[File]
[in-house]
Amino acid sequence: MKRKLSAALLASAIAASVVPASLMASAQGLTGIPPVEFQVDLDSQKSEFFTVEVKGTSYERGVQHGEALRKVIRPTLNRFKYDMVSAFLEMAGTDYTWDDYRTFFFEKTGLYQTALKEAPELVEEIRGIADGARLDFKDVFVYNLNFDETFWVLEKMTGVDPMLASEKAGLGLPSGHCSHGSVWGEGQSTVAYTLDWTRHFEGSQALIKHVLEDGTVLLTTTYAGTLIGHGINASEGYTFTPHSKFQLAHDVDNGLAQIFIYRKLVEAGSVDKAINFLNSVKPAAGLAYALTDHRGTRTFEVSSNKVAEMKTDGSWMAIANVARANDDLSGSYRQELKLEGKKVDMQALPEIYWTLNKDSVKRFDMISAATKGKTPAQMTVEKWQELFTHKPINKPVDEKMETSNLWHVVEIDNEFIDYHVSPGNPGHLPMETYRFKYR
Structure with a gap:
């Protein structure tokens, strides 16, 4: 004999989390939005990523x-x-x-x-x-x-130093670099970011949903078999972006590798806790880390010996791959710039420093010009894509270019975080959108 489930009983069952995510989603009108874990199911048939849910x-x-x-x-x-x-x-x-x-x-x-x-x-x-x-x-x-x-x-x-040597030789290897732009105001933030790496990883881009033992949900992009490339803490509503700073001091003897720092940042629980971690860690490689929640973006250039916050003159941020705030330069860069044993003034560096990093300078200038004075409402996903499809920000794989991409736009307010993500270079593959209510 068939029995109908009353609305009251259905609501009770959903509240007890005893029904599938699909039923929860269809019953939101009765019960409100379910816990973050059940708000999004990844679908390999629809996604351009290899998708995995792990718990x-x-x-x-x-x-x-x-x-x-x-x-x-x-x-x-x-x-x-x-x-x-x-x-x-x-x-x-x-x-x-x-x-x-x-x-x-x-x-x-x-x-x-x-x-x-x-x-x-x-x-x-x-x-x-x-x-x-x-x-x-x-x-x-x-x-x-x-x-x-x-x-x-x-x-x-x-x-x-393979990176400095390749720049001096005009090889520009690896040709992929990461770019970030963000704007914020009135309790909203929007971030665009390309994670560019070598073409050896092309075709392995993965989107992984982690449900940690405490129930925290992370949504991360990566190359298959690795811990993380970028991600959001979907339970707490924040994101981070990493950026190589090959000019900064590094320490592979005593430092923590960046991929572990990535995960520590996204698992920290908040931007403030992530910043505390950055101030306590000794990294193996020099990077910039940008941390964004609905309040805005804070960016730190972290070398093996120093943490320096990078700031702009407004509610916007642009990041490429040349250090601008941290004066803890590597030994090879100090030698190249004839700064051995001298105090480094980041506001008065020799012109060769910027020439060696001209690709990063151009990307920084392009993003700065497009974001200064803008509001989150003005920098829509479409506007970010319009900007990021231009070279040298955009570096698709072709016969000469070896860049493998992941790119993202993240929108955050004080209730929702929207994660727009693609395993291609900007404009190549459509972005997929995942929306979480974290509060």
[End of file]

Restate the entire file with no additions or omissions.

[in-house]
Amino acid sequence: MKRKLSAALLASAIAASVVPASLMASAQGLTGIPPVEFQVDLDSQKSEFFTVEVKGTSYERGVQHGEALRKVIRPTLNRFKYDMVSAFLEMAGTDYTWDDYRTFFFEKTGLYQTALKEAPELVEEIRGIADGARLDFKDVFVYNLNFDETFWVLEKMTGVDPMLASEKAGLGLPSGHCSHGSVWGEGQSTVAYTLDWTRHFEGSQALIKHVLEDGTVLLTTTYAGTLIGHGINASEGYTFTPHSKFQLAHDVDNGLAQIFIYRKLVEAGSVDKAINFLNSVKPAAGLAYALTDHRGTRTFEVSSNKVAEMKTDGSWMAIANVARANDDLSGSYRQELKLEGKKVDMQALPEIYWTLNKDSVKRFDMISAATKGKTPAQMTVEKWQELFTHKPINKPVDEKMETSNLWHVVEIDNEFIDYHVSPGNPGHLPMETYRFKYR
Structure with a gap:
């Protein structure tokens, strides 16, 4: 004999989390939005990523x-x-x-x-x-x-130093670099970011949903078999972006590798806790880390010996791959710039420093010009894509270019975080959108 489930009983069952995510989603009108874990199911048939849910x-x-x-x-x-x-x-x-x-x-x-x-x-x-x-x-x-x-x-x-040597030789290897732009105001933030790496990883881009033992949900992009490339803490509503700073001091003897720092940042629980971690860690490689929640973006250039916050003159941020705030330069860069044993003034560096990093300078200038004075409402996903499809920000794989991409736009307010993500270079593959209510 068939029995109908009353609305009251259905609501009770959903509240007890005893029904599938699909039923929860269809019953939101009765019960409100379910816990973050059940708000999004990844679908390999629809996604351009290899998708995995792990718990x-x-x-x-x-x-x-x-x-x-x-x-x-x-x-x-x-x-x-x-x-x-x-x-x-x-x-x-x-x-x-x-x-x-x-x-x-x-x-x-x-x-x-x-x-x-x-x-x-x-x-x-x-x-x-x-x-x-x-x-x-x-x-x-x-x-x-x-x-x-x-x-x-x-x-x-x-x-x-393979990176400095390749720049001096005009090889520009690896040709992929990461770019970030963000704007914020009135309790909203929007971030665009390309994670560019070598073409050896092309075709392995993965989107992984982690449900940690405490129930925290992370949504991360990566190359298959690795811990993380970028991600959001979907339970707490924040994101981070990493950026190589090959000019900064590094320490592979005593430092923590960046991929572990990535995960520590996204698992920290908040931007403030992530910043505390950055101030306590000794990294193996020099990077910039940008941390964004609905309040805005804070960016730190972290070398093996120093943490320096990078700031702009407004509610916007642009990041490429040349250090601008941290004066803890590597030994090879100090030698190249004839700064051995001298105090480094980041506001008065020799012109060769910027020439060696001209690709990063151009990307920084392009993003700065497009974001200064803008509001989150003005920098829509479409506007970010319009900007990021231009070279040298955009570096698709072709016969000469070896860049493998992941790119993202993240929108955050004080209730929702929207994660727009693609395993291609900007404009190549459509972005997929995942929306979480974290509060």